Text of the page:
I will grant you that you that I believe President Obama is a smart man with political savvy, but that is not the reason why Bush and his associates were not put on trial. I also agree that the American people would not stand for such trials, but not because we are weak willed as you imply. It is because we know the truth…no war crimes were ever committed. I have no expectation of changing your mind on this, but I did want to point out how the subject of a Bush Administration – any Bush Administration – drives the far left into irrational fits.

        Oh, for the record, I don’t want Jeb Bush to run for office, either. He is as soft a conservative as his brother and father were and I shudder to think what another Bush Administration would do to this Nation. Although I must admit that, trapped between the choice of Jeb Bush or the average Democrat, I might have to vote for him. I am hoping the GOP can offer up something better.

        • The Kuala Lumpur War Crimes Tribunal was purely symbolic, but purported to use the Nuremberg Charter as the basis for the tribunal. It’s findings that prisoners were illegally tortured were referred to the Chief Prosecutor of the International Criminal Court, as well as the United Nations and the Security Council, which are duty bound to investigate and to prosecute war crimes.

          The U.S. Congress in the CIA Report and the Senate Report on torture concede that illegal torture was committed. President Obama has publicly said that “the U.S. committed torture.” Under U.S. laws, international treaties on torture, and Geneva Conventions on warfare, the U.S. is duty bound to investigate and to prosecute crimes of illegal torture. Despite admitting that illegal torture has occurred, only one low level CIA agent has ever been prosecuted for the crime. Are we a nation of laws, or not? When we do not enforce our own laws, we have no moral authority in the world.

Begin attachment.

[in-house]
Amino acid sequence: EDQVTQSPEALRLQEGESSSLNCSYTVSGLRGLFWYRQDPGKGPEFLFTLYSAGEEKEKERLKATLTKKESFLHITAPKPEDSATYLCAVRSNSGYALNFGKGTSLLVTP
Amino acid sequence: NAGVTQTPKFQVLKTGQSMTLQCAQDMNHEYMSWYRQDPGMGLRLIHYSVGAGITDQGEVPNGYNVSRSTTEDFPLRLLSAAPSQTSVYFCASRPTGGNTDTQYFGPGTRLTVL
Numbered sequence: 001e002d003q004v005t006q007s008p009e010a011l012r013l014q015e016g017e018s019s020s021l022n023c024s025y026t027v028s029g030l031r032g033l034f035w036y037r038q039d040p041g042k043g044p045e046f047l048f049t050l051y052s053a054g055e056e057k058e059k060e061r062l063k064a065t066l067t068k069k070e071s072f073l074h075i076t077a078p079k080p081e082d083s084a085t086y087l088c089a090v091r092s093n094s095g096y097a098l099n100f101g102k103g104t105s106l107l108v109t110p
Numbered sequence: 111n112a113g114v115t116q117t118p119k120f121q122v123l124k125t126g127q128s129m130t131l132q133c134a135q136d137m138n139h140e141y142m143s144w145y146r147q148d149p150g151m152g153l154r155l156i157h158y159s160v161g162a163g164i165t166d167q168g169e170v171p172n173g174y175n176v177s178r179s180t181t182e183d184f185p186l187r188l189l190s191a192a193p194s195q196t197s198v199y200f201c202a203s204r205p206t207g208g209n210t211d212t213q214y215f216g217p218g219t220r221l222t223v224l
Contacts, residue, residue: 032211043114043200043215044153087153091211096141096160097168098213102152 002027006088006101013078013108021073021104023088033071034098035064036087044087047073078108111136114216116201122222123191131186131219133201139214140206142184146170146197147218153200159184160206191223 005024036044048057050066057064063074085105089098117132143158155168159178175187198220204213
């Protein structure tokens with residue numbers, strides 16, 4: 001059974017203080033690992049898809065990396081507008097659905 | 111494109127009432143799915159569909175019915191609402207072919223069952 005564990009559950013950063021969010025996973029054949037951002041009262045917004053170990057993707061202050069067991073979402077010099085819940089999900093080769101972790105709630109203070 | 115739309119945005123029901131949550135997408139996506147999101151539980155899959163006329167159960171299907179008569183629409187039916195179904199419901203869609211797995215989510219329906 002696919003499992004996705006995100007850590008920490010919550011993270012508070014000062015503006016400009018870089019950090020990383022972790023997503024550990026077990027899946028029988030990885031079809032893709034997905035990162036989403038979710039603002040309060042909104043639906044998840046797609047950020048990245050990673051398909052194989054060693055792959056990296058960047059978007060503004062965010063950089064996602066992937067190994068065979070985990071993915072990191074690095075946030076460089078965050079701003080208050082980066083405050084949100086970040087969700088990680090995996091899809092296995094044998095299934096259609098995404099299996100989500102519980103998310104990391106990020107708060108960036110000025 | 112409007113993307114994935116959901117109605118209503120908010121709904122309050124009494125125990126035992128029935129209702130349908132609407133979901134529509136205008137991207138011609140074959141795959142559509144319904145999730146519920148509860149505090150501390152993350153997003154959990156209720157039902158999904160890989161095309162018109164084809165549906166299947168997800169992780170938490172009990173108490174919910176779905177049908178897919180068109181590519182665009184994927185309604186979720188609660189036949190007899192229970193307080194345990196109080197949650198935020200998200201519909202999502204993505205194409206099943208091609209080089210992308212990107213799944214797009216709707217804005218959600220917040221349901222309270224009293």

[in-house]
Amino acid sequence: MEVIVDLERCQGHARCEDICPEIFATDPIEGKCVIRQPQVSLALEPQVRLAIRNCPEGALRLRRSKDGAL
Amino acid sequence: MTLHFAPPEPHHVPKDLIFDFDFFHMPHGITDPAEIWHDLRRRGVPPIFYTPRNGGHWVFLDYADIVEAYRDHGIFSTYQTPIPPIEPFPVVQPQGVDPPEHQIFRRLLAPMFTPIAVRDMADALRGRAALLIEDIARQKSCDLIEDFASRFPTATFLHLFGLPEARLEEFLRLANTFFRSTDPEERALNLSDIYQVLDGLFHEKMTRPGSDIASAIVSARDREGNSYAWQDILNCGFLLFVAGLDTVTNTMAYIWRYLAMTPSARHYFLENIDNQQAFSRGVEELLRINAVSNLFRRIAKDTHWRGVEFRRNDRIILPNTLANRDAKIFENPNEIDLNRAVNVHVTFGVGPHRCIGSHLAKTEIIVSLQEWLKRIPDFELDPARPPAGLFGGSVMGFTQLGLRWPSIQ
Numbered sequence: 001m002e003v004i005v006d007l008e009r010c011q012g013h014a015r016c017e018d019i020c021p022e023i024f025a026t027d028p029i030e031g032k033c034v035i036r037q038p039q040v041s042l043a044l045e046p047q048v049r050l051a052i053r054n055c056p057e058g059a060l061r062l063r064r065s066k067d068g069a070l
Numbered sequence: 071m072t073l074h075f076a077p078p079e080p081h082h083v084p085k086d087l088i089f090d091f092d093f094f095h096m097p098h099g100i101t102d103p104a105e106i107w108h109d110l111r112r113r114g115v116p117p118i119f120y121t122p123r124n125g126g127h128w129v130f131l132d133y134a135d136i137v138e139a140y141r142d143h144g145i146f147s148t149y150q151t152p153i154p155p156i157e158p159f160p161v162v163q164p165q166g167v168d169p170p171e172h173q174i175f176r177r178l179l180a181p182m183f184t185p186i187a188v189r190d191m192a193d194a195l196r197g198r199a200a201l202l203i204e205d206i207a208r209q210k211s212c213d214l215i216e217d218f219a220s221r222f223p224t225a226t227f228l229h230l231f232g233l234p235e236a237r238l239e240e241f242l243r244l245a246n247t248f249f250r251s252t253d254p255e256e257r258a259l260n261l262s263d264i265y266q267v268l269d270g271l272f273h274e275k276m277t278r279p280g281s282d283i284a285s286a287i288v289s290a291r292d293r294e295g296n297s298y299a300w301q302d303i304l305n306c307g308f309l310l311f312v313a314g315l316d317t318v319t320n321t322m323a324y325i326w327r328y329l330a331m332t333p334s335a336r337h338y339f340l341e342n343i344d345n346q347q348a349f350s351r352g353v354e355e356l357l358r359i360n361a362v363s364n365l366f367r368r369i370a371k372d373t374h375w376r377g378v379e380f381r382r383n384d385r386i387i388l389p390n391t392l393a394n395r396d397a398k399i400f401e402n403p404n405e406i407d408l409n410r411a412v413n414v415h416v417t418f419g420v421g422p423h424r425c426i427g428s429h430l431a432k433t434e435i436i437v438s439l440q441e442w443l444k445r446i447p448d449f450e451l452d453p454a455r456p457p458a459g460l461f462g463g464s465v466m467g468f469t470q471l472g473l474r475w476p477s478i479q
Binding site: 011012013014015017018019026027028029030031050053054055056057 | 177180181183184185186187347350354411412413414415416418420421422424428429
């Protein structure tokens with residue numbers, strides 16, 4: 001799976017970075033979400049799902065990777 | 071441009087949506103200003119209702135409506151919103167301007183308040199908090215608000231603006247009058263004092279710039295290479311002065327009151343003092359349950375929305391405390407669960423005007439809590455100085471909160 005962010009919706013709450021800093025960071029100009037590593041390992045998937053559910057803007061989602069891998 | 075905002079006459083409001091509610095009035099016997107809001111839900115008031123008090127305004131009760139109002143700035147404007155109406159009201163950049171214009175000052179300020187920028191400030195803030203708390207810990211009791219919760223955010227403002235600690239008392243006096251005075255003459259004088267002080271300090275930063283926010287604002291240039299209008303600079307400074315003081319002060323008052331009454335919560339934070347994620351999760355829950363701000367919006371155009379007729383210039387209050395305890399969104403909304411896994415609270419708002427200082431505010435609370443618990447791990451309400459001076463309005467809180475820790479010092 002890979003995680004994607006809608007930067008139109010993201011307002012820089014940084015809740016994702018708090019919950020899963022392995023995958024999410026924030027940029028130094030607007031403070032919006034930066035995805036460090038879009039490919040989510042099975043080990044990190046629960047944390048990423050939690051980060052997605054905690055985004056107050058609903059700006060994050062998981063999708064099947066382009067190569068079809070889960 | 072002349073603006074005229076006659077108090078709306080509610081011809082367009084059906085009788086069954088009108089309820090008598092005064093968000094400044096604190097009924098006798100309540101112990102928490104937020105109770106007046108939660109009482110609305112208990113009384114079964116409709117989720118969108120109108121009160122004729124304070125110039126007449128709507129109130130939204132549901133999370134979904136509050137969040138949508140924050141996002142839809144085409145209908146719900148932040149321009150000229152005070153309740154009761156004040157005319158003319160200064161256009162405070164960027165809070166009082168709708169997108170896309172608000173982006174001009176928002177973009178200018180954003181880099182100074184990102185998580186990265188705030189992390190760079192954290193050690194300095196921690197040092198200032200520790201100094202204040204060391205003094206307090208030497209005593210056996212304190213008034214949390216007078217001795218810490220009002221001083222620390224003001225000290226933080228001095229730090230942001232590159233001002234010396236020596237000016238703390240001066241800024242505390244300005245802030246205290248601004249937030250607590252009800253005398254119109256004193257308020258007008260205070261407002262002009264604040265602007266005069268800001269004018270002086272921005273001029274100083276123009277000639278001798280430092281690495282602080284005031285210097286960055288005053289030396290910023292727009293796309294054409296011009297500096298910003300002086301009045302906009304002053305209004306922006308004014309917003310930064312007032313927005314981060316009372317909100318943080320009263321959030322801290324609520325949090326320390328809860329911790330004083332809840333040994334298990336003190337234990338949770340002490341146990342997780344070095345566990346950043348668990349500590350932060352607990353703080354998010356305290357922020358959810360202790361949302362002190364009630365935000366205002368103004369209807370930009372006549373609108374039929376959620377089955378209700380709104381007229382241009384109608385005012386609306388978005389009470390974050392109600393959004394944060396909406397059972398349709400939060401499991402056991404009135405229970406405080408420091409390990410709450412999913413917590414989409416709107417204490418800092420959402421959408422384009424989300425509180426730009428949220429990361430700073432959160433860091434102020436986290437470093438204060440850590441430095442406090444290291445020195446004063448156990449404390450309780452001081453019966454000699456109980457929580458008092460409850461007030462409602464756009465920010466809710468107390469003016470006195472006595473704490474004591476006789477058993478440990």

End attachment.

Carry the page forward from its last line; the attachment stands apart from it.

The Nuremberg tribunals in Germany and Japan were not limited to the “brutal savagery” of the death camps. Even “journalists” who participated in wartime propaganda were prosecuted under the Nuremberg Principles. Your assessment that what the U.S. did under the Bush-Cheney regime does not meet the standards for Nuremberg prosecutions is not supported by the evidence, and a large number of highly qualified legal experts say that it does. Your legal credentials are highly suspect.

          Obama has yet to release the CIA Report and Senate Report on torture. A number of countries have expressed interest in pursuing an investigation and prosecution for illegal torture of their citizens, as they are authorized to do under international treaties on torture and Geneva Conventions on war. They have an obligation to do so.

          The U.S., which was the principle drafter of these agreements and determined the moral standard to be mt by the rest of the world, should live up to its treaty obligations and U.S. law and to prosecute the crimes of illegal torture it has already conceded occurred. Those who devised, rationalized, authorized and implemented the illegal torture regime at the top of the Bush-Cheney regime should be the ones who are prosecuted, not the low level scapegoats who carried it out (who are still subject to prosecution for “just following orders.”)